According to the invention, cyclohexanone-oxime is vaporized, in a first stage, by bringing it into contact with a fluidized bed of inert solid particles. Examples of suitable solid particles are glass beads, aluminum oxide in its various modifications, e.g. γ-aluminum oxide or boehmite, silica, titanium dioxide or compounds of the said oxides with one another, for example aluminum silicates, as well as quartz sand; the latter has proved particularly suitable. The mean particle size of the solid particles is advantageously from 0.02 to 1.0 mm. The inert gases used are preferably nitrogen or carbon dioxide, especially the former. Advantageously, from 0.1 to 10 kg of inert gases are used per kilogram of cyclohexanone-oxime to be vaporized. Before entering the fluidized bed, the inert gases are advantageously preheated to 50°-250° C. Preferably, the residence time of the cyclohexanone-oxime during vaporization in the fluidized bed is from 0.01 to 30 seconds. Further, it has proved advantageous to utilize, in the vaporization stage, the heat liberated in the rearrangement stage. This may be achieved, for example, by removing the heat from the rearrangement stage by means of a heat transfer medium which passes through cooling coils, and then using the hot heat transfer medium to heat the solid particles in the vaporization stage. The vaporization in the fluidized bed is carried out at from 150° to 250° C., especially from 180° to 220° C. The cyclohexanone-oxime to be vaporized may be introduced into the fluidized bed either as a solid or, advantageously, as a liquid. The cyclohexanone-oxime used advantageously contains from 1 to 10, especially from 3 to 7, % by weight of water. The cyclohexanone-oxime to be vaporized is advantageously injected into the fluidized bed together with a proportion of the inert gases. According to the invention, cyclohexanone-oxime is vaporized at the rate at which it is fed to the fluidized bed.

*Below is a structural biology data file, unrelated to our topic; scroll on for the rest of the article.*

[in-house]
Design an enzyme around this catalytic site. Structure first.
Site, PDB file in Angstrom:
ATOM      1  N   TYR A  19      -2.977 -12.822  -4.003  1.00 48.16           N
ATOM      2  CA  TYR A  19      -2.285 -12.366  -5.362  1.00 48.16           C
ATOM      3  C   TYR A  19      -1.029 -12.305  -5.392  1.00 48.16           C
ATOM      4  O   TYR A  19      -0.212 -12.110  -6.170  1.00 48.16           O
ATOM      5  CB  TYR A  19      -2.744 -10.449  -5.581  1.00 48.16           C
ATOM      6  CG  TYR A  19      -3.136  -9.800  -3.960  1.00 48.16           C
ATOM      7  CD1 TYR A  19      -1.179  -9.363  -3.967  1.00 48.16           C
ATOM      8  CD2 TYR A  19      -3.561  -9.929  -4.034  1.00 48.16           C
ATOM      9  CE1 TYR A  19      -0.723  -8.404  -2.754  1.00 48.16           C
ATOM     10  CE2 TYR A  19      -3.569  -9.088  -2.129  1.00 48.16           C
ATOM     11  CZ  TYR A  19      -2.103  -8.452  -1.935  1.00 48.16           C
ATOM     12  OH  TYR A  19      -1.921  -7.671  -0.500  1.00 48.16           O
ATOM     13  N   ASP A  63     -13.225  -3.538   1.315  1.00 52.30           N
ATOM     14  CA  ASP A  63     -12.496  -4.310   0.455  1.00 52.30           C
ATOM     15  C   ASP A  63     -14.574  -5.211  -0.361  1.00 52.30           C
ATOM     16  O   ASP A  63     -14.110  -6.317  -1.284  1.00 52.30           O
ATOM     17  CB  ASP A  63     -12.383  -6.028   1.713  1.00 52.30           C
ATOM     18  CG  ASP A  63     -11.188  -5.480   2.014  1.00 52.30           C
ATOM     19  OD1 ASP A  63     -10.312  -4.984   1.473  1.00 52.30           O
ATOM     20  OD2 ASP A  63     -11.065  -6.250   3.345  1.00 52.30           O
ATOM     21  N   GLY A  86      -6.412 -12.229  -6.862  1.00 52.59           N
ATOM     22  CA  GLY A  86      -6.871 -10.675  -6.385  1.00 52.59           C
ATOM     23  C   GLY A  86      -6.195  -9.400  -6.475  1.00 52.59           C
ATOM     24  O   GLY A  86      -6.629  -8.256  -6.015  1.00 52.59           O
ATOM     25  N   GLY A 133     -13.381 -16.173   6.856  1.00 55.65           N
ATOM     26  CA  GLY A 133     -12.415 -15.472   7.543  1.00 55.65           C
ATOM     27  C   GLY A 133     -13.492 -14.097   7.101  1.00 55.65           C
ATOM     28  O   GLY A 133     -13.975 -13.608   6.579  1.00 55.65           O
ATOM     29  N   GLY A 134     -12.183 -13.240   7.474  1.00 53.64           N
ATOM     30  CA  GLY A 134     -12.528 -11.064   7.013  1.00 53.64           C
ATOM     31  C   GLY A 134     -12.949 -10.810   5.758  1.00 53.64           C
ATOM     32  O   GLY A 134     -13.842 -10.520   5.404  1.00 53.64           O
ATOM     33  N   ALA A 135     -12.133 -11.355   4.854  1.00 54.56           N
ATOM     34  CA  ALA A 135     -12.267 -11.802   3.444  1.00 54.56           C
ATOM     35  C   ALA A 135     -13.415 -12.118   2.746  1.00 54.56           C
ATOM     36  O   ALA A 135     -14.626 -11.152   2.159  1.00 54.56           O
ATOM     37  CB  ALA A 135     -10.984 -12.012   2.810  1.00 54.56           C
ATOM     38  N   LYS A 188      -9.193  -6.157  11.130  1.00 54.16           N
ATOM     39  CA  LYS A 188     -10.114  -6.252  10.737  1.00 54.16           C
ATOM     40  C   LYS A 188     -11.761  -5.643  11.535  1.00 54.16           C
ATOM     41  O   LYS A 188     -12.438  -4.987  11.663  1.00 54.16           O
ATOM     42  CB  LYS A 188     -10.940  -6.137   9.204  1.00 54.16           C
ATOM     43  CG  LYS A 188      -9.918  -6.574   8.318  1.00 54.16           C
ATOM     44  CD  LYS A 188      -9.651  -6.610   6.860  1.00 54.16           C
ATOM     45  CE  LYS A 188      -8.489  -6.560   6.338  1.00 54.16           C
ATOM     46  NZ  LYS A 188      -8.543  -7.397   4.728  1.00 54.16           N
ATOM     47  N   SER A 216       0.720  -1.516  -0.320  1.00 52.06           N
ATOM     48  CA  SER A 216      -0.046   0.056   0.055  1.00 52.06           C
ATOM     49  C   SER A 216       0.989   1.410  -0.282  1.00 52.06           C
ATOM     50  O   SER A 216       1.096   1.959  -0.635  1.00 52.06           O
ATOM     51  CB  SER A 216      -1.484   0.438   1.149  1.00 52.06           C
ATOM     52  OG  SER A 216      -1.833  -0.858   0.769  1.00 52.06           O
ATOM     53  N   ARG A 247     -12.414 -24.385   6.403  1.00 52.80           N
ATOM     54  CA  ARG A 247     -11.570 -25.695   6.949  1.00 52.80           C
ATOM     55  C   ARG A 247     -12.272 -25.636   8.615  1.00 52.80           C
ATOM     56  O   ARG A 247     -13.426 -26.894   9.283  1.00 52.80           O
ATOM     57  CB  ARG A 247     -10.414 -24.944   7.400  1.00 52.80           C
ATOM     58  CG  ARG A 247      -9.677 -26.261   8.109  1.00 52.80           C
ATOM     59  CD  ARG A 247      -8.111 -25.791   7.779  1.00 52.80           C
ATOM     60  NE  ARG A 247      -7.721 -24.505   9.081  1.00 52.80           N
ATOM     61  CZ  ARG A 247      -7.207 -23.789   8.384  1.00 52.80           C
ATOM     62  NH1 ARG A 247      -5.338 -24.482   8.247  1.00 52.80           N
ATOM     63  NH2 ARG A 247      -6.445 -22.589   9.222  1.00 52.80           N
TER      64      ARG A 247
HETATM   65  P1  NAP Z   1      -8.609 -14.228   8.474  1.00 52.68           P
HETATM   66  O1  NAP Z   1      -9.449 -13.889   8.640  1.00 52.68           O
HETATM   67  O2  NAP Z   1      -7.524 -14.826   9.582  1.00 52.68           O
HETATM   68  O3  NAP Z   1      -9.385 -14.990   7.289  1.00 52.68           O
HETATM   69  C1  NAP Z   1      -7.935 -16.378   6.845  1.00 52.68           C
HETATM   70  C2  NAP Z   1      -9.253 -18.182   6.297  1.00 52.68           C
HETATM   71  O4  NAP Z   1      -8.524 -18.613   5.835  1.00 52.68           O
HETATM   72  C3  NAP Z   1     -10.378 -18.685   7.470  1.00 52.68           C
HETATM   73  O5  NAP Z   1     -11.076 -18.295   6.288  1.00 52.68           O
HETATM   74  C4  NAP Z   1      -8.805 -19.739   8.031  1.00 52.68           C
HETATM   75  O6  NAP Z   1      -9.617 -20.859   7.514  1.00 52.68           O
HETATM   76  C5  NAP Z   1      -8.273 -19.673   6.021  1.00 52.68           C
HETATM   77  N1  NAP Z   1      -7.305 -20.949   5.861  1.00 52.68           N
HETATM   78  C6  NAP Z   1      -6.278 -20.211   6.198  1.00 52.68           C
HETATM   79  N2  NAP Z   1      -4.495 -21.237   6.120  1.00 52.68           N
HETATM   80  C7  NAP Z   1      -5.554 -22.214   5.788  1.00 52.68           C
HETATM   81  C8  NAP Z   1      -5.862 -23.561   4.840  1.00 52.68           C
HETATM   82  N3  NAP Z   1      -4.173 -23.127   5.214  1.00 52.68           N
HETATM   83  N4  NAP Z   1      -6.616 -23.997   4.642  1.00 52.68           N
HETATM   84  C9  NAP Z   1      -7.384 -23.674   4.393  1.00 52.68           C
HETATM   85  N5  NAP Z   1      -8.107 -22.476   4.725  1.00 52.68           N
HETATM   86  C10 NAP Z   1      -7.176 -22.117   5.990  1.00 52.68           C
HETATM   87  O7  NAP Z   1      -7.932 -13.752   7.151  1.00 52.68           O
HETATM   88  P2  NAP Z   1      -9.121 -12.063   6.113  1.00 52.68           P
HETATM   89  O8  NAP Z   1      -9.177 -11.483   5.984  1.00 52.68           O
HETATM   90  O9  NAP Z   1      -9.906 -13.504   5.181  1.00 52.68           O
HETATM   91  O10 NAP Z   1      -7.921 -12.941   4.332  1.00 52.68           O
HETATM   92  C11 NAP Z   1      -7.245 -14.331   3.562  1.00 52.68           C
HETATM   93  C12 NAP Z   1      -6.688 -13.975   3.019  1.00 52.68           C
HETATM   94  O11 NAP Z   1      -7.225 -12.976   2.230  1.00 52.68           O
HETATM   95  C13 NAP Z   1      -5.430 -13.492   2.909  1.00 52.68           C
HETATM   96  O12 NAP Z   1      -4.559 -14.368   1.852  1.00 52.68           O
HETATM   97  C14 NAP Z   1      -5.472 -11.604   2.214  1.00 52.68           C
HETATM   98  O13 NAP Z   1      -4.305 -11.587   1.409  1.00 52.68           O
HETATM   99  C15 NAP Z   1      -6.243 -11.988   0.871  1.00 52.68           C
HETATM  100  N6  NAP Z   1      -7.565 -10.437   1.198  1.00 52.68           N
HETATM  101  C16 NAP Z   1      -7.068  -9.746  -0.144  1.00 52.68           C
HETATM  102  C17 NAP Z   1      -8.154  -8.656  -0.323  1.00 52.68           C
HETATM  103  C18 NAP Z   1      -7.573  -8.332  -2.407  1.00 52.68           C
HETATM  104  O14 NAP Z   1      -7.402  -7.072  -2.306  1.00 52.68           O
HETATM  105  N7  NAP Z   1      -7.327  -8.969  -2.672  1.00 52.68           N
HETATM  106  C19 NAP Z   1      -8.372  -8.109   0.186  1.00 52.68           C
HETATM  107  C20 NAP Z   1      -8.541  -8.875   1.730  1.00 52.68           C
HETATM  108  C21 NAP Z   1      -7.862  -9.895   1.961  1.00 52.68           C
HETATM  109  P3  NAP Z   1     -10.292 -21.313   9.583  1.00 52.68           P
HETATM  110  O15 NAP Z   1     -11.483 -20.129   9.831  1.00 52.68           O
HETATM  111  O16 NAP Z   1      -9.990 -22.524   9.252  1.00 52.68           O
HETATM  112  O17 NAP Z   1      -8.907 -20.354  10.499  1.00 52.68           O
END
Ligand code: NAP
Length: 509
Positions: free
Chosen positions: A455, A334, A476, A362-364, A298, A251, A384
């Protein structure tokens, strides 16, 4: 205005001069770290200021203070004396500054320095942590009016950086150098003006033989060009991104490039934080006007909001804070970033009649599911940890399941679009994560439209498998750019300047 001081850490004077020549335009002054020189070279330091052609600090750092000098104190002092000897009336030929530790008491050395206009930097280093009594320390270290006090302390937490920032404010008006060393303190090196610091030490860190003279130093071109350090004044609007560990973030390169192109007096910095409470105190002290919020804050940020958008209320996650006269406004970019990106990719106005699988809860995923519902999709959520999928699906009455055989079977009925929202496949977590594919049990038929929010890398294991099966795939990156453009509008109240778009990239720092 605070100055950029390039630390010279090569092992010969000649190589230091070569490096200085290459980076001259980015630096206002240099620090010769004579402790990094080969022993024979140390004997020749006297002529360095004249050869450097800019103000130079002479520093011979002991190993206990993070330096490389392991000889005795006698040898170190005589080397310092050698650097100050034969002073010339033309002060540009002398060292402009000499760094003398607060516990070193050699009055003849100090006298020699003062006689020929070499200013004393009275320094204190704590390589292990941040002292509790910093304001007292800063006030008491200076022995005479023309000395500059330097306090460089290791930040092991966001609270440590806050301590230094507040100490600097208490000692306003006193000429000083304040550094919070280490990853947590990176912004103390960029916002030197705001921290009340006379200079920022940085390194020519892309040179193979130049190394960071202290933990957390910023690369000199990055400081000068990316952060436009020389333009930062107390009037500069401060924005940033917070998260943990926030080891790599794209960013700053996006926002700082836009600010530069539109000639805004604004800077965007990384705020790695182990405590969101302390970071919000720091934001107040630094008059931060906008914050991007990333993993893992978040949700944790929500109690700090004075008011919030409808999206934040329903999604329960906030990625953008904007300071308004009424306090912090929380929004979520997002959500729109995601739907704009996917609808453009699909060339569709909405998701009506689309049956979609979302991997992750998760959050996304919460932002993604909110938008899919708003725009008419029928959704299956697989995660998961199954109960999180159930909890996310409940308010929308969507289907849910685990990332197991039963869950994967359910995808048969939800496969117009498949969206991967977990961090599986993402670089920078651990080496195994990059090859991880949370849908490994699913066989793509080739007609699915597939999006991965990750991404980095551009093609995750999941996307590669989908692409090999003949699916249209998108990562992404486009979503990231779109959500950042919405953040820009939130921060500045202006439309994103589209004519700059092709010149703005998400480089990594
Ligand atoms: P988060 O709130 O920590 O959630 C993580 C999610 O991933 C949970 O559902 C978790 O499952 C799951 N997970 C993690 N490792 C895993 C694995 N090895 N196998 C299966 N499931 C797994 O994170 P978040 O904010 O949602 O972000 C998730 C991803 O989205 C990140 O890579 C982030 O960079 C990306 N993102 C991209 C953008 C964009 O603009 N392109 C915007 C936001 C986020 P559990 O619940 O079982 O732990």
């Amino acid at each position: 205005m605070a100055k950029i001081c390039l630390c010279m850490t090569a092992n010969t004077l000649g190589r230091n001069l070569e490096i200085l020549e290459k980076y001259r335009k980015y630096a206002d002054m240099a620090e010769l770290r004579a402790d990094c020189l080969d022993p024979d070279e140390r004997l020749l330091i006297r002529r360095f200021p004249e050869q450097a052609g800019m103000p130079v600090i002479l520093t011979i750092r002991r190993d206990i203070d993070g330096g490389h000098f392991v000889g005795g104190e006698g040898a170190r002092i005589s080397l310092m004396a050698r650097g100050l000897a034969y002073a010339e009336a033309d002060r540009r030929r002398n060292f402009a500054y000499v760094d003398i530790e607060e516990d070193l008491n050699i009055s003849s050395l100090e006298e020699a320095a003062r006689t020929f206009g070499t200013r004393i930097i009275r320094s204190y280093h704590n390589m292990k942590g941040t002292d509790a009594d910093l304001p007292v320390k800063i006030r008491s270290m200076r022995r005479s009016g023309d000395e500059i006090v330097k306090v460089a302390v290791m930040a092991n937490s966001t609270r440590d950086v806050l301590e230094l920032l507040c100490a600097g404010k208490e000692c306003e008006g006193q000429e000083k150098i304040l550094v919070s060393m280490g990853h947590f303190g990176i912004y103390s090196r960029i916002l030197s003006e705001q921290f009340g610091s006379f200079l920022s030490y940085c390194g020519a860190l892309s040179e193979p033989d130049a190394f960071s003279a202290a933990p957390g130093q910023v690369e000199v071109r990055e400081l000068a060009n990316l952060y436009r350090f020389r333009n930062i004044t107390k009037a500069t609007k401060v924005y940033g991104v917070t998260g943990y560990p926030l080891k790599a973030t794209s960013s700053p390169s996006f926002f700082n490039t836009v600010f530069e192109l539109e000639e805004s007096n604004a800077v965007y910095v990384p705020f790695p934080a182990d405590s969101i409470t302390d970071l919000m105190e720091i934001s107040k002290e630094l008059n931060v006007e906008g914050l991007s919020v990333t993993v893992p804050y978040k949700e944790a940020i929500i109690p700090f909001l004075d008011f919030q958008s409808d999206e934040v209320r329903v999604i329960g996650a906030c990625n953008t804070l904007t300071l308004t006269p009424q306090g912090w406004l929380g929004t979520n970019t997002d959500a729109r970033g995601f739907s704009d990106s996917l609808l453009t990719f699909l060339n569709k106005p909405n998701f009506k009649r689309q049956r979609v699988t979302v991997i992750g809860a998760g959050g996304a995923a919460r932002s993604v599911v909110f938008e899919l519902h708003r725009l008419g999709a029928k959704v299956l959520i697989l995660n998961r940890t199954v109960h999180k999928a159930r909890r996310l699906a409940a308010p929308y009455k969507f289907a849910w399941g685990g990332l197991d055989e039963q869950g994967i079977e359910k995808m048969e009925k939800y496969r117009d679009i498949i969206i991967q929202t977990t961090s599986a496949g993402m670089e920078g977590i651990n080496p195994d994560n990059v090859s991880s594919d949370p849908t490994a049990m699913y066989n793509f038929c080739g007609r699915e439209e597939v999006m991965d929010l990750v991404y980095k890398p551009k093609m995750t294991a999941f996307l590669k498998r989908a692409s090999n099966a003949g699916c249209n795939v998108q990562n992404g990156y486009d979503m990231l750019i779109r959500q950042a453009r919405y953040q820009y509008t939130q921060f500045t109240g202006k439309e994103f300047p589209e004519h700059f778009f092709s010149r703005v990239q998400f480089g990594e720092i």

The mixture of cyclohexanone-oxime vapor and inert gases, which leaves the fluidized bed in the first stage, and which may in addition contain small amounts of water, corresponding to the water content of the cyclohexanone-oxime used, is passed into a second stage where the cyclohexanone-oxime is rearranged to caprolactam at from 230° to 450° C., especially from 270° to 370° C., over a supported catalyst, containing boron trioxide, in a fluidized bed. The rearrangement, like the vaporization of the cyclohexanone-oxime in the first stage, may be carried out under reduced pressure, atmospheric pressure or slightly superatmospheric pressure.